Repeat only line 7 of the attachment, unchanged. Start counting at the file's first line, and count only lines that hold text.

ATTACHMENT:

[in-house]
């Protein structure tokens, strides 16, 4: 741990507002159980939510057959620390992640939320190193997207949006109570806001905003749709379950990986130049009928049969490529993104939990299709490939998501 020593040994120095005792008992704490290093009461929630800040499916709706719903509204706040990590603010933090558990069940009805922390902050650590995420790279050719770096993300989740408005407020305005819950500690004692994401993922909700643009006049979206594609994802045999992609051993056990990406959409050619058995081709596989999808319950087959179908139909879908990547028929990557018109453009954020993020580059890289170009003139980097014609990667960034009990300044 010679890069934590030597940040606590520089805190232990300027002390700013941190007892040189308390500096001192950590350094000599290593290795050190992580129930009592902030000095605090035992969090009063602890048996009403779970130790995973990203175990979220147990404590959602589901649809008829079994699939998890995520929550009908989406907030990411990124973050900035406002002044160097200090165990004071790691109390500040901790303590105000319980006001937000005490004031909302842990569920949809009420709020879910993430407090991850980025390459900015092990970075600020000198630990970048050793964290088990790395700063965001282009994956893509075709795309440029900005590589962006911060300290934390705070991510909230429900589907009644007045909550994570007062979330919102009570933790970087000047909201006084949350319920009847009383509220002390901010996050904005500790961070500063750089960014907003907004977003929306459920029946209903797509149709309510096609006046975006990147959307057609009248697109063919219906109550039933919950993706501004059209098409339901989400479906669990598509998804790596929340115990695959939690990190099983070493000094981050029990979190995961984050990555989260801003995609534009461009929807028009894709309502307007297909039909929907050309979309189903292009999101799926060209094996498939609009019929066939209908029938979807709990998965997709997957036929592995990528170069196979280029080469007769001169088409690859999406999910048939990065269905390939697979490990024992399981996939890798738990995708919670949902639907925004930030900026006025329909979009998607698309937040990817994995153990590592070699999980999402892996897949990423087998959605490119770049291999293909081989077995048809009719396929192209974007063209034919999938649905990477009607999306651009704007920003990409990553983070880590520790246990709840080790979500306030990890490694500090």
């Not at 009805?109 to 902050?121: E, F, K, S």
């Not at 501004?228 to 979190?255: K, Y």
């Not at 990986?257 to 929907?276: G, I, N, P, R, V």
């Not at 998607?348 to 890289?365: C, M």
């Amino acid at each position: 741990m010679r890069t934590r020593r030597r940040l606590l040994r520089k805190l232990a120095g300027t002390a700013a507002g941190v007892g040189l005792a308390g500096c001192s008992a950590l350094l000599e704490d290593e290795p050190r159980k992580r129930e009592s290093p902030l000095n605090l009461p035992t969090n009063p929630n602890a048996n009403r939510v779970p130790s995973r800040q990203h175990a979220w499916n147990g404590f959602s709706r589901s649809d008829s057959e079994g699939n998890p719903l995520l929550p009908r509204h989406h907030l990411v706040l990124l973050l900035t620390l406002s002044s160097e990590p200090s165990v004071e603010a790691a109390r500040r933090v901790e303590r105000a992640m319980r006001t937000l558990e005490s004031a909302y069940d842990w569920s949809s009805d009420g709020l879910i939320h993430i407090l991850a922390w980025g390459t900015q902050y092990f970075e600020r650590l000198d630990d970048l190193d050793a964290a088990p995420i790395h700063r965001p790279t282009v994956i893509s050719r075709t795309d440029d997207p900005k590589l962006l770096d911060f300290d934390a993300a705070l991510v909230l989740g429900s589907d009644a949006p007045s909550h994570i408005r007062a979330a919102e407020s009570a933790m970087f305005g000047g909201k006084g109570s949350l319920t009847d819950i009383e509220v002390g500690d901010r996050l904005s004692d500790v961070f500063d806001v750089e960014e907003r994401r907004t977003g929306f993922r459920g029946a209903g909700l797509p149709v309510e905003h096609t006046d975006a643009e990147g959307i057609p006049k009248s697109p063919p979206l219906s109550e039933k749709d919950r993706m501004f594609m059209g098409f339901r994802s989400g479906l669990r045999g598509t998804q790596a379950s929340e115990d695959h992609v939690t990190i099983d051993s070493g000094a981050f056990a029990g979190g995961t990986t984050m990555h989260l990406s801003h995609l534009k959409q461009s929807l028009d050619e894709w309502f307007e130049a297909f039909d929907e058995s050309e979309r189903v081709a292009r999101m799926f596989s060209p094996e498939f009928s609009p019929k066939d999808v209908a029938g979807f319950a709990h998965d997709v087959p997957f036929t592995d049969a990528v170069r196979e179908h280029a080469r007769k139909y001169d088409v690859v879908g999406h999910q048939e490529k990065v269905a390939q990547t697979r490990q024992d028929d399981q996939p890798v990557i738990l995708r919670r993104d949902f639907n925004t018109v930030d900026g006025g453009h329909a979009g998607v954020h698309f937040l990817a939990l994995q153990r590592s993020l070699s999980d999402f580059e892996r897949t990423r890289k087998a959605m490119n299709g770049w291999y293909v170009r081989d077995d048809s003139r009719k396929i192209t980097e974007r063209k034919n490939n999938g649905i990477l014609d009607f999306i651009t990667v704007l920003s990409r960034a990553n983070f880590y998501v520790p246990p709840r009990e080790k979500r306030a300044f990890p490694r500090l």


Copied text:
């Amino acid at each position: 741990m010679r890069t934590r020593r030597r940040l606590l040994r520089k805190l232990a120095g300027t002390a700013a507002g941190v007892g040189l005792a308390g500096c001192s008992a950590l350094l000599e704490d290593e290795p050190r159980k992580r129930e009592s290093p902030l000095n605090l009461p035992t969090n009063p929630n602890a048996n009403r939510v779970p130790s995973r800040q990203h175990a979220w499916n147990g404590f959602s709706r589901s649809d008829s057959e079994g699939n998890p719903l995520l929550p009908r509204h989406h907030l990411v706040l990124l973050l900035t620390l406002s002044s160097e990590p200090s165990v004071e603010a790691a109390r500040r933090v901790e303590r105000a992640m319980r006001t937000l558990e005490s004031a909302y069940d842990w569920s949809s009805d009420g709020l879910i939320h993430i407090l991850a922390w980025g390459t900015q902050y092990f970075e600020r650590l000198d630990d970048l190193d050793a964290a088990p995420i790395h700063r965001p790279t282009v994956i893509s050719r075709t795309d440029d997207p900005k590589l962006l770096d911060f300290d934390a993300a705070l991510v909230l989740g429900s589907d009644a949006p007045s909550h994570i408005r007062a979330a919102e407020s009570a933790m970087f305005g000047g909201k006084g109570s949350l319920t009847d819950i009383e509220v002390g500690d901010r996050l904005s004692d500790v961070f500063d806001v750089e960014e907003r994401r907004t977003g929306f993922r459920g029946a209903g909700l797509p149709v309510e905003h096609t006046d975006a643009e990147g959307i057609p006049k009248s697109p063919p979206l219906s109550e039933k749709d919950r993706m501004f594609m059209g098409f339901r994802s989400g479906l669990r045999g598509t998804q790596a379950s929340e115990d695959h992609v939690t990190i099983d051993s070493g000094a981050f056990a029990g979190g995961t990986t984050m990555h989260l990406s801003h995609l534009k959409q461009s929807l028009d050619e894709w309502f307007e130049a297909f039909d929907e058995s050309e979309r189903v081709a292009r999101m799926f596989s060209p094996e498939f009928s609009p019929k066939d999808v209908a029938g979807f319950a709990h998965d997709v087959p997957f036929t592995d049969a990528v170069r196979e179908h280029a080469r007769k139909y001169d088409v690859v879908g999406h999910q048939e490529k990065v269905a390939q990547t697979r490990q024992d028929d399981q996939p890798v990557i738990l995708r919670r993104d949902f639907n925004t018109v930030d900026g006025g453009h329909a979009g998607v954020h698309f937040l990817a939990l994995q153990r590592s993020l070699s999980d999402f580059e892996r897949t990423r890289k087998a959605m490119n299709g770049w291999y293909v170009r081989d077995d048809s003139r009719k396929i192209t980097e974007r063209k034919n490939n999938g649905i990477l014609d009607f999306i651009t990667v704007l920003s990409r960034a990553n983070f880590y998501v520790p246990p709840r009990e080790k979500r306030a300044f990890p490694r500090l």